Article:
“I sit on the damn iron seat when I must. Does that mean I don’t have the same hungers as other men? A bit of wine now and again, a girl squealing in bed, the feel of a horse between my legs? Seven hells, Ned, I want to hit someone.”
Compare that to anything you’ve heard Aragorn say, and you’ve arrived at the salient difference between George R.R. Martin and J.R.R. Tolkien, even while the frequent comparison of the two remains apt.
Aragorn, of course, is the true-born king in Tolkien’s Lord of the Rings, who spends the trilogy fighting to claim his throne while being handsome and eloquent. The above was said by Robert Baratheon, king of the seven kingdoms in A Game of Thrones. He’s fat, drunk, and far too easily bored to be an effective ruler. The comparison isn’t quite fair, though, because Martin never makes the claim that Robert was destined to be king, or that anybody is destined to be king.
That’s just the thing with Martin. He’s created a fantasy world – warring families, usurped thrones, dark magic, heroic creatures – but hasn’t peopled it with fantasy characters. Yes, there are noble characters and yes, there are villains, but there isn’t a good army and a bad army. Although there are epic landscapes, close-knit brotherhoods, and a reverent relationship with weaponry, there is no one hero and no central quest. The particular gift of George R.R. Martin is that he’s adept at both the epic trappings and the gritty details.
Within the first 50 pages, we are introduced to the book’s four main families – the Starks, Lannisters, Baratheons, and Targaryens. Put as simply as possible, the Targaryens had long held the throne of the seven kingdoms, until Robert Baratheon seized it, with the help of his wife’s father and brother – the Lannisters, who betrayed and killed the former king – and his lifelong friend Eddard “Ned” Stark. Years later, the last remaining Targaryens – adolescent brother and sister Viserys and Daenerys – are in exile, planning to take back their family’s throne, which Robert Baratheon lazily holds, under the contemptful watch of his Lannister wife and brothers-in-law. When Robert’s closest adviser dies, he travels with his household to Winterfell, the isolated northern home of the Stark family, to ask Ned to take the position.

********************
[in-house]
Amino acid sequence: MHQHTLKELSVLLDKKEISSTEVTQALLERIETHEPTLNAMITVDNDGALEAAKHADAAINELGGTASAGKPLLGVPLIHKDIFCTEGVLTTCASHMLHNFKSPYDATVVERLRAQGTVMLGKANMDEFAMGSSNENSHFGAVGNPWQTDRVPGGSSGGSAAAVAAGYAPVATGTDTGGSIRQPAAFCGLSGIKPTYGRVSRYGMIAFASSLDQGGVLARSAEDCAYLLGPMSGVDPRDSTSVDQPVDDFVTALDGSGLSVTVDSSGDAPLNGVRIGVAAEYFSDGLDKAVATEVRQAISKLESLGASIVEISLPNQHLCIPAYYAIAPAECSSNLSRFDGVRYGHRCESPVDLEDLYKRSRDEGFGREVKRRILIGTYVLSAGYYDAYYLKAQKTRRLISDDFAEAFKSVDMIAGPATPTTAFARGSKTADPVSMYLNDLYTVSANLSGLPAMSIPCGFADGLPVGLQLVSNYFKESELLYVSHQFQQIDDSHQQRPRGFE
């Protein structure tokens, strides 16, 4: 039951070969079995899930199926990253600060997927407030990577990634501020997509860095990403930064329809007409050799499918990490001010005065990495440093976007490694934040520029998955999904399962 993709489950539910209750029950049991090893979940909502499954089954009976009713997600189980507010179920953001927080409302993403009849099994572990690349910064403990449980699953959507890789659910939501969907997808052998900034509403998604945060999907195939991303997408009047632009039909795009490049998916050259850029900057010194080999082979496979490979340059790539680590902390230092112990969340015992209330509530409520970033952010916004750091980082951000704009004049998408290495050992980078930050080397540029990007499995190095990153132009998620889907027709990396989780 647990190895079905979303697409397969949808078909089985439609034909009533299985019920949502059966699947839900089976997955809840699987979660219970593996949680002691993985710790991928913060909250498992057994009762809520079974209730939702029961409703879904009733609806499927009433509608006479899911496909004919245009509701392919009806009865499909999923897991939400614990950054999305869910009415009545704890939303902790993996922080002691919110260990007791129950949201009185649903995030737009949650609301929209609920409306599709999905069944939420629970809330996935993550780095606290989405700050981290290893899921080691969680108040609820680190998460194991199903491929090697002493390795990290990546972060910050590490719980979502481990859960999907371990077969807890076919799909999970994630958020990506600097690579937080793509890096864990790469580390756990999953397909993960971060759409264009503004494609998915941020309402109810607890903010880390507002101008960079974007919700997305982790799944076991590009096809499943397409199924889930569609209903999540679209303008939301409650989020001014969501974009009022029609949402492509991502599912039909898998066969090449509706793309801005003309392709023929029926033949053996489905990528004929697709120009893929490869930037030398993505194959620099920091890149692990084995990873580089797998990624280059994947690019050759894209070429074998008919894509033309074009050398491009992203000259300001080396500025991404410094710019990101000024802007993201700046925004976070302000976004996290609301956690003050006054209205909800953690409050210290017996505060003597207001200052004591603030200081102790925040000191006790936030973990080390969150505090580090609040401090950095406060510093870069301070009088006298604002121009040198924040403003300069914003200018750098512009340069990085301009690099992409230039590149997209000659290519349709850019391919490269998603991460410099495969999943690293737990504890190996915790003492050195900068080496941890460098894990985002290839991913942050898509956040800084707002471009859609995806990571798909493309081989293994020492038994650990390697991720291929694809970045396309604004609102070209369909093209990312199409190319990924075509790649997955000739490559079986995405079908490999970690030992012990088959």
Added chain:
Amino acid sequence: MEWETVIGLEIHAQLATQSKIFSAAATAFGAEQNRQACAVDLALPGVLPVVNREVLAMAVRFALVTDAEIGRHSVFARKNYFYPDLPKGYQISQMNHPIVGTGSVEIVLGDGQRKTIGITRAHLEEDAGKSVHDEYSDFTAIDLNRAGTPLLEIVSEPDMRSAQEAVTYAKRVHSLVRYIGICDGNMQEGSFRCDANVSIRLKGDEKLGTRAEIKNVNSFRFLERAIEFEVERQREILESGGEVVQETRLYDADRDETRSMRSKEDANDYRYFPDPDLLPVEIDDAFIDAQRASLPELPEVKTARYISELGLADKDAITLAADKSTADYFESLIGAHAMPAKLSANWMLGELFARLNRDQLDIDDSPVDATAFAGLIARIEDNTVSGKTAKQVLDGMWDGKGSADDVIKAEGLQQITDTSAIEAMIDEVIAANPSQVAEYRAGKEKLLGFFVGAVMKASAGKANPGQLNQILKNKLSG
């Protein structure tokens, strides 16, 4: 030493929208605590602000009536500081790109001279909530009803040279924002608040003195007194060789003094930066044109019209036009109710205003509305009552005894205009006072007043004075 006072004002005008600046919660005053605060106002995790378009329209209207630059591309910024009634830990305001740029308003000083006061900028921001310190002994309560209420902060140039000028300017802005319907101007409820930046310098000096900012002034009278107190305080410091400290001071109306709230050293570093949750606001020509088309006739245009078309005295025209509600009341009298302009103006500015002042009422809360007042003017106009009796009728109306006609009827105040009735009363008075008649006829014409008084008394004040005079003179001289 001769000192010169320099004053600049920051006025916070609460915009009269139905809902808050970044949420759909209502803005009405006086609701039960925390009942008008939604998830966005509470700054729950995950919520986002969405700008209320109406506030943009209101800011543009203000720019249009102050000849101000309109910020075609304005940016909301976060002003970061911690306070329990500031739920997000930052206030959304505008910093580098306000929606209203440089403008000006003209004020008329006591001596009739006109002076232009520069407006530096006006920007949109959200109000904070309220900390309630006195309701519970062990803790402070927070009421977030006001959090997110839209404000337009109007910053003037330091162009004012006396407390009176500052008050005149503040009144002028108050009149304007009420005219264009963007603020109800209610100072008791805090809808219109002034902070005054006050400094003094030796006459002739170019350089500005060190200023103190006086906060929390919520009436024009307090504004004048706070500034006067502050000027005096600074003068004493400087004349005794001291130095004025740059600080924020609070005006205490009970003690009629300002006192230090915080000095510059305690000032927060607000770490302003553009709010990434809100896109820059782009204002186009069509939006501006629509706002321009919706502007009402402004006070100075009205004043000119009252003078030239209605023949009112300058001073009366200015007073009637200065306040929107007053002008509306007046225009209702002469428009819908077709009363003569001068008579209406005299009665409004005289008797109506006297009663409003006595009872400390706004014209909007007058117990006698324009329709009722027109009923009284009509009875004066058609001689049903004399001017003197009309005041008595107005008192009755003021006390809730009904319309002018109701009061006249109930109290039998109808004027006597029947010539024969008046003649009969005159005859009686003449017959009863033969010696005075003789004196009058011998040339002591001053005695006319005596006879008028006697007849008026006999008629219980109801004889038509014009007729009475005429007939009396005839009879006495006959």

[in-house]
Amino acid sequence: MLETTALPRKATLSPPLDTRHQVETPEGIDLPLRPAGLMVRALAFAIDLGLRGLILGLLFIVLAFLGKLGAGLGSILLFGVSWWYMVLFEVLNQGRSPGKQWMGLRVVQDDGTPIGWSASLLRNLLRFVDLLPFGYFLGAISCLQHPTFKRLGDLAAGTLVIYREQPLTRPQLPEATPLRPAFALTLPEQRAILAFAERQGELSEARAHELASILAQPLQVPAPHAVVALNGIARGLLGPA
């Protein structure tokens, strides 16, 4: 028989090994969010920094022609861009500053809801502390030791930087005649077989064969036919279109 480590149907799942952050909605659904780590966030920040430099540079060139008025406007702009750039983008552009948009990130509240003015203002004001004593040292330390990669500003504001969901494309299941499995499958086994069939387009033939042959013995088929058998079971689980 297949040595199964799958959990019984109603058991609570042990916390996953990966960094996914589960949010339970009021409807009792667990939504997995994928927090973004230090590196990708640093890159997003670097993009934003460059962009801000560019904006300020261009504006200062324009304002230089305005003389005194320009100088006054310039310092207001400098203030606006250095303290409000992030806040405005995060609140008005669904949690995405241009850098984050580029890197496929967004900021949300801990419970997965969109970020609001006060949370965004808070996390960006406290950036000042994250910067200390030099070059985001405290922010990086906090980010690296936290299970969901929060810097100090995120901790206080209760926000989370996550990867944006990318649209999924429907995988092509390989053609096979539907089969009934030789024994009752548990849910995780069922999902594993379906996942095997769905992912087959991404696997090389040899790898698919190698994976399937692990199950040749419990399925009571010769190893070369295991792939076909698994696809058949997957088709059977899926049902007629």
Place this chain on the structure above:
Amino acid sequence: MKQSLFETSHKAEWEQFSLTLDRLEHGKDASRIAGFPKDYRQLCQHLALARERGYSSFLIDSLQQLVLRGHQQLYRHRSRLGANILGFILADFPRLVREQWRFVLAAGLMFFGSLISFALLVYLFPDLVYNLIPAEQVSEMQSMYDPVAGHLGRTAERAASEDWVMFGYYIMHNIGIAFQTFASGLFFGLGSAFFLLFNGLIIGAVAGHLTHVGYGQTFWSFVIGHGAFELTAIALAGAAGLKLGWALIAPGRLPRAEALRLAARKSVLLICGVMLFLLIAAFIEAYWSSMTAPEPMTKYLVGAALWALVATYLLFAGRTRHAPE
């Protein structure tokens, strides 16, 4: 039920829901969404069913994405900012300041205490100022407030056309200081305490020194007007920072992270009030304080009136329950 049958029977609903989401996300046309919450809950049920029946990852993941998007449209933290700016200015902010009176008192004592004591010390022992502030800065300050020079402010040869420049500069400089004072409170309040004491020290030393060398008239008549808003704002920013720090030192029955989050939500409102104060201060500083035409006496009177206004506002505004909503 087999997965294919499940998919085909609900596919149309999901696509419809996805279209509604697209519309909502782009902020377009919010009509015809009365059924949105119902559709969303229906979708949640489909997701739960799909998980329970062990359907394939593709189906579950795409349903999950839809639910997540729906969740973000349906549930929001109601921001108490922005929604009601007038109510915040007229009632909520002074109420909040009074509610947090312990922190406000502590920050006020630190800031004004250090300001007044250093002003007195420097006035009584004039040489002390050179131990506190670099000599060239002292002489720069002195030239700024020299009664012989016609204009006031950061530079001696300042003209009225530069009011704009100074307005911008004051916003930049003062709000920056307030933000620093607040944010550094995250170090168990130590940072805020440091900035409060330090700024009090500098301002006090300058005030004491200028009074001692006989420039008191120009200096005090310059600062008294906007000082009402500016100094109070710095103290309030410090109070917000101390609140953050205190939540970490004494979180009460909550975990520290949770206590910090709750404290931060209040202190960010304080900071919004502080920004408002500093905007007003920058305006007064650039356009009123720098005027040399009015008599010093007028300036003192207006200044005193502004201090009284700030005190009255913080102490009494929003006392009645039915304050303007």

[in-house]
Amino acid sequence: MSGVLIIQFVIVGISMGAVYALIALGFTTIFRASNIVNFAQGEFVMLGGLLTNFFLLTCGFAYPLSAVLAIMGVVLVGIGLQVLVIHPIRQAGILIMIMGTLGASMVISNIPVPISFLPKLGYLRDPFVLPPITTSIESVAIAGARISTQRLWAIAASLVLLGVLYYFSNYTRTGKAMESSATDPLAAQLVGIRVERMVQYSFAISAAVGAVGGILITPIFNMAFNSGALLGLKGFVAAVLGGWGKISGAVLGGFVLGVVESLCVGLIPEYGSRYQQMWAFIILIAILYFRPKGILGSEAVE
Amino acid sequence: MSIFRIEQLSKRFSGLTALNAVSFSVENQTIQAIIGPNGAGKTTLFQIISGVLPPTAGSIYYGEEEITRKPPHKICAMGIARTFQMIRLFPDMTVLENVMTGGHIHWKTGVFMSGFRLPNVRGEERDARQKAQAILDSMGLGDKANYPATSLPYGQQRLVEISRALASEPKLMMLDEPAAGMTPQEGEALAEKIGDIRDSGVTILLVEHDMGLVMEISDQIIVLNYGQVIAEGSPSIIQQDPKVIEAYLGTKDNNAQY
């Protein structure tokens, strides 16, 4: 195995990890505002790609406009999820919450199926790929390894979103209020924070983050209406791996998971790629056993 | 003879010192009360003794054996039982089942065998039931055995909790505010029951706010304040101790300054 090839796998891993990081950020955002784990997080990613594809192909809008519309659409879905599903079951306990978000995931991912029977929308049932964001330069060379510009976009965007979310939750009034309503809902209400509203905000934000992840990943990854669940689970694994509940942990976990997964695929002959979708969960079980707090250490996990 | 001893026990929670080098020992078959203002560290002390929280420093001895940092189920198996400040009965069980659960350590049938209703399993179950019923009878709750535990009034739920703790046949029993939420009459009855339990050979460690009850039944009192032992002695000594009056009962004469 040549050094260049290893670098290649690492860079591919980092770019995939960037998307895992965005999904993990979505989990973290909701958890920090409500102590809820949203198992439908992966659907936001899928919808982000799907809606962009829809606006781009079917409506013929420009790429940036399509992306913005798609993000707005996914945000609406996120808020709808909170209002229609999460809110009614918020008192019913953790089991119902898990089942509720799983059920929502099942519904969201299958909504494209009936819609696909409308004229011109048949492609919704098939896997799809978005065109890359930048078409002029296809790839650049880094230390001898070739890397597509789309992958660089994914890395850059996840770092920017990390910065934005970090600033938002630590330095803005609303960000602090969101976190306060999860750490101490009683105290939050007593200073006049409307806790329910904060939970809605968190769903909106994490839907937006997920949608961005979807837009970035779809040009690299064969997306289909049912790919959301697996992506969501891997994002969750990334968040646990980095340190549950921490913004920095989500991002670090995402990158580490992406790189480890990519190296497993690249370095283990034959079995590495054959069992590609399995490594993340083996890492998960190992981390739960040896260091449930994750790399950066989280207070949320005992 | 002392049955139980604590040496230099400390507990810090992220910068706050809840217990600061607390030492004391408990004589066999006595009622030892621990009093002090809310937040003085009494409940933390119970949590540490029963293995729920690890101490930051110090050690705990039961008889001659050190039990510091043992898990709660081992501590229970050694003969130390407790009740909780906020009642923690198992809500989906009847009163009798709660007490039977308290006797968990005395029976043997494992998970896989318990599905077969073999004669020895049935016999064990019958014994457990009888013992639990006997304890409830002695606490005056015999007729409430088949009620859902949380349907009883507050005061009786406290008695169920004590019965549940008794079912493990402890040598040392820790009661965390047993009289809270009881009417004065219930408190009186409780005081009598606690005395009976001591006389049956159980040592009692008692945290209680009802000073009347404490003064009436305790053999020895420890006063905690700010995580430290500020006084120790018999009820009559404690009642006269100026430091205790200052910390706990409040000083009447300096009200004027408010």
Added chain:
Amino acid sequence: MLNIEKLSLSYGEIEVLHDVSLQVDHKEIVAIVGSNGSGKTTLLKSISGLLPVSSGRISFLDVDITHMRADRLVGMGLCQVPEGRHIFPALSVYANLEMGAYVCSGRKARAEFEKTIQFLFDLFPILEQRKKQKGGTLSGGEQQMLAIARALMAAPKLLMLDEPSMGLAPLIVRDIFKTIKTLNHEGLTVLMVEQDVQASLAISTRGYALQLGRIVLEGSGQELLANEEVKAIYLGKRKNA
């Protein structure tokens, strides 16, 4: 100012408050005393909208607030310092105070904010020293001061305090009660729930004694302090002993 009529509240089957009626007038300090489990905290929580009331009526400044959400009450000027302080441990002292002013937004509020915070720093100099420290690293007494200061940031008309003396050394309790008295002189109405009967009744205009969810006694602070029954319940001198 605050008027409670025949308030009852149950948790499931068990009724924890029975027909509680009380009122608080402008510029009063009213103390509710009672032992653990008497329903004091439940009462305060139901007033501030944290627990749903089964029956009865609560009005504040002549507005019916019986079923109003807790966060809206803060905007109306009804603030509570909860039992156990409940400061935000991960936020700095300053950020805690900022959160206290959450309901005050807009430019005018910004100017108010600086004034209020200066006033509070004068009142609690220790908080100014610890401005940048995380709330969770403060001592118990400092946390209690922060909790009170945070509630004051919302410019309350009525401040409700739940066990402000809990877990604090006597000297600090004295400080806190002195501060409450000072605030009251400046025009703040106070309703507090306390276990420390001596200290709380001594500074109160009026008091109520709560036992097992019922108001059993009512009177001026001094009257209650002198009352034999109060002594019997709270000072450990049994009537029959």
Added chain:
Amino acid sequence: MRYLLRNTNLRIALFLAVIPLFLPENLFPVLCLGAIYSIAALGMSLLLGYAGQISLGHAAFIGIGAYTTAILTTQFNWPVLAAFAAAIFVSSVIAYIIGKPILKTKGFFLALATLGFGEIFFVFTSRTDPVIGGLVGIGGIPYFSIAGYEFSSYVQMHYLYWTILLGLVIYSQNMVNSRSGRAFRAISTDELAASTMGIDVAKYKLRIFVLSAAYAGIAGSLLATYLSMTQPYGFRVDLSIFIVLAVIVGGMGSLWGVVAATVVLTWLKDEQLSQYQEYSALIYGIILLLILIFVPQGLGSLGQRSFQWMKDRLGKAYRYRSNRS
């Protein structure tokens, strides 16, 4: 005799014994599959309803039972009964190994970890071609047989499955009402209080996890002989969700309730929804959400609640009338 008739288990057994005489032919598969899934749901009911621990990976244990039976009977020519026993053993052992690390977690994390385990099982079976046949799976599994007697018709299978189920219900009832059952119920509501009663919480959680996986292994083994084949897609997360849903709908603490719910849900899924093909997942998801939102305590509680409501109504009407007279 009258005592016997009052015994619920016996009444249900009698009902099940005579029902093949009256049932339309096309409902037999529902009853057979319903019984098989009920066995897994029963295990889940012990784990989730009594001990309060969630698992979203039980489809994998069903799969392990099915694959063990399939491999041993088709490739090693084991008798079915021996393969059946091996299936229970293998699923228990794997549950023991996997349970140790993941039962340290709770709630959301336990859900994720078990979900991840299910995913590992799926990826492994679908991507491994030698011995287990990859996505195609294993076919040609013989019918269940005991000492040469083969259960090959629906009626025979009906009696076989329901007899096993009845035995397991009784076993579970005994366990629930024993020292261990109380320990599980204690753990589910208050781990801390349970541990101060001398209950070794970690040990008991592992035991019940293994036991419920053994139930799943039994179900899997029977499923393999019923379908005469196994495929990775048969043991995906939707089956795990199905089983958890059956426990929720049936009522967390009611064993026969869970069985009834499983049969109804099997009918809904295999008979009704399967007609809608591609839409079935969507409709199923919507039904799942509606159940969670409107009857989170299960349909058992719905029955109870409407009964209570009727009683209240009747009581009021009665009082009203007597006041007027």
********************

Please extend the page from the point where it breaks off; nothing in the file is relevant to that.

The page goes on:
For a spell, almost all of the principal characters are at Winterfell – Ned Stark and his wife and six children, Robert, his wife Cersei Lannister, their three insufferable children, and her two brothers, Jaime and Tyrion. What a tangled, tangled web. Old grudges, new grudges, old secrets, new alliances, and more than one drunken revelation reverbate around the halls of Winterfell, just until you’ve got a feel for everyone, and then they all split up. (Even the Targaryens, off in exile, pack up and start moving.) For the rest of the novel, the cast is always on the move, traversing the vast geography of Martin’s world.
I was a Russian major in college, so I can’t read a 500+ page book without Isaiah Berlin whispering in my ear. Berlin was the author of “The Hedgehog and the Fox,” an essay based on an ancient Greek adage: “the fox knows many little things, but the hedgehog knows one big thing.” Berlin divides writers into these two categories. Hedgehogs view the world as a stage for a single, encompassing logic (power corrupts, love conquers all, that kind of thing). Foxes are more fascinated by the infinite variety of the human condition. In Berlin’s signature comparison, Dostoevsky is a hedgehog, and Tolstoy is a fox.